The speed with which Covid-19 vaccines were developed and are being rolled out has been an inspiration. In just six weeks the world has already administered 134 million shots, with a current rolling average of over 4.5 million dose per day. But the unequal distribution of those vaccines is both unfair and unsustainable.
The main challenge has been the lack of any global strategy to co-ordinate and maximise production, and then ensure their swift and equitable distribution to every country in the world.
Given the potential for vaccine resistant strains to develop in any part of the word and then spread globally, the whole world is in peril if we allow this situation to persist.
As more vaccines achieve regulatory approval and new vaccines to deal with new variants arrive, the world must be prepared. Closed borders are not sustainable in the medium or long term.
We need to create a globally co-ordinated vaccine strategy now, bringing together representatives from science, medicine, the pharmaceutical industry, manufacturing, financiers, distribution and logistics to consider how to accelerate vaccine production and oversee allocation and procurement processes with governments.
The pandemic has exposed the lack of resilience in global vaccine manufacture. To tackle this, we need to create capacity on every continent for vaccine production and associated bioscience capabilities.
This will require significantly scaling up support for local pharmaceutical industries. We need increased public financing and improved government facilitation for the expansion plans of existing producers. And we also need to expand Africa’s vaccine manufacturing capacity in particular, as the only continent without this capability, and enable it to make its own biologics, such as antivirals and antibodies.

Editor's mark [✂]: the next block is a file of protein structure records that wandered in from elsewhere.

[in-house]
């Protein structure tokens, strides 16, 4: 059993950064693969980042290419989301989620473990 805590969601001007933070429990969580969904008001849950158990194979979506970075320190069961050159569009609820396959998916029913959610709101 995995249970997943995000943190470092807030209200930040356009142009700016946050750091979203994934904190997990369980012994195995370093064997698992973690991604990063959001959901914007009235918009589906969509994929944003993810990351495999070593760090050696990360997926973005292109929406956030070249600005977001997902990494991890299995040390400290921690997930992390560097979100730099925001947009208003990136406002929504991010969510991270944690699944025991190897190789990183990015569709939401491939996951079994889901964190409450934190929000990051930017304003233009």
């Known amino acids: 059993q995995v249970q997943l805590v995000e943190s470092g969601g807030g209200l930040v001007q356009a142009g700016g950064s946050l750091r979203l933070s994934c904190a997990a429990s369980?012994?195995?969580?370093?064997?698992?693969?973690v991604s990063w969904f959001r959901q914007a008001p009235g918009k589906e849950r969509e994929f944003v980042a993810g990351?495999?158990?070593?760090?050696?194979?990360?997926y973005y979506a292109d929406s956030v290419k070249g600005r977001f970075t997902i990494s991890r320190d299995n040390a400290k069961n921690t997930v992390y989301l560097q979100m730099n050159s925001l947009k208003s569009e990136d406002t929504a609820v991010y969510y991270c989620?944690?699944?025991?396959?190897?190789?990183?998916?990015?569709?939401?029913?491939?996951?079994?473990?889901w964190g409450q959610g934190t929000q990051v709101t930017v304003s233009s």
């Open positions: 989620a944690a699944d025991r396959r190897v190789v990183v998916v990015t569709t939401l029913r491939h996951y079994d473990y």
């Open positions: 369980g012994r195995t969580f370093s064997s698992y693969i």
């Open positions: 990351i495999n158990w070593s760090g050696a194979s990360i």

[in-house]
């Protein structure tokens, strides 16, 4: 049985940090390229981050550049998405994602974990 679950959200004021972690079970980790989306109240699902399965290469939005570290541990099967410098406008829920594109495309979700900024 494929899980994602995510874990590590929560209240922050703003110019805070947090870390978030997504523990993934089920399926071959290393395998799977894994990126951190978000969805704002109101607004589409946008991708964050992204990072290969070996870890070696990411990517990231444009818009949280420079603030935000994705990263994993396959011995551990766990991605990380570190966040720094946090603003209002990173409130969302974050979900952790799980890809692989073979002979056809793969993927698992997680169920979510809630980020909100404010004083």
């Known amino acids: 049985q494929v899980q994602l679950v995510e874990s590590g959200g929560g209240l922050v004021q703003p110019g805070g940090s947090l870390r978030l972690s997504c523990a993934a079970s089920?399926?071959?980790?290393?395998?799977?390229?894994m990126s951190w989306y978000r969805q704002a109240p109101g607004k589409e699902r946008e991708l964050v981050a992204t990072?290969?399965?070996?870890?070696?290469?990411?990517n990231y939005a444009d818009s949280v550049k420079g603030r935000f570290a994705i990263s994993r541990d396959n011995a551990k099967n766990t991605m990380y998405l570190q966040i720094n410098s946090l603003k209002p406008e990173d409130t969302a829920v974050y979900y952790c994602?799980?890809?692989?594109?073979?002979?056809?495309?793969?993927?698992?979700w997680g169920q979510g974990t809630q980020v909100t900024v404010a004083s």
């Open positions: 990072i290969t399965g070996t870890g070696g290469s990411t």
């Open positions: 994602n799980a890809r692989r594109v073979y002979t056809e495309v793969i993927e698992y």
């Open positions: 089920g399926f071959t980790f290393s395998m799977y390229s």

Governments and global structures should step up to guarantee purchase of vaccines to enable vaccine manufacturers to invest in expanding capacity, including in Africa where this is urgently needed.
Every country will face its own challenges in vaccine delivery, and they should be supported in developing and implementing their own distribution and delivery strategies.
Technology presents an opportunity to make the best vaccination programmes more effective, by enabling countries to optimise and track progress, capturing data which can not only provide vital information about the process itself but build the foundation for reorganising health systems and increasing their resilience to the next global threat.
With a new wave of vaccines and boosters now in development, we now have an opportunity to learn the lessons from the early vaccine rollout and we must take it.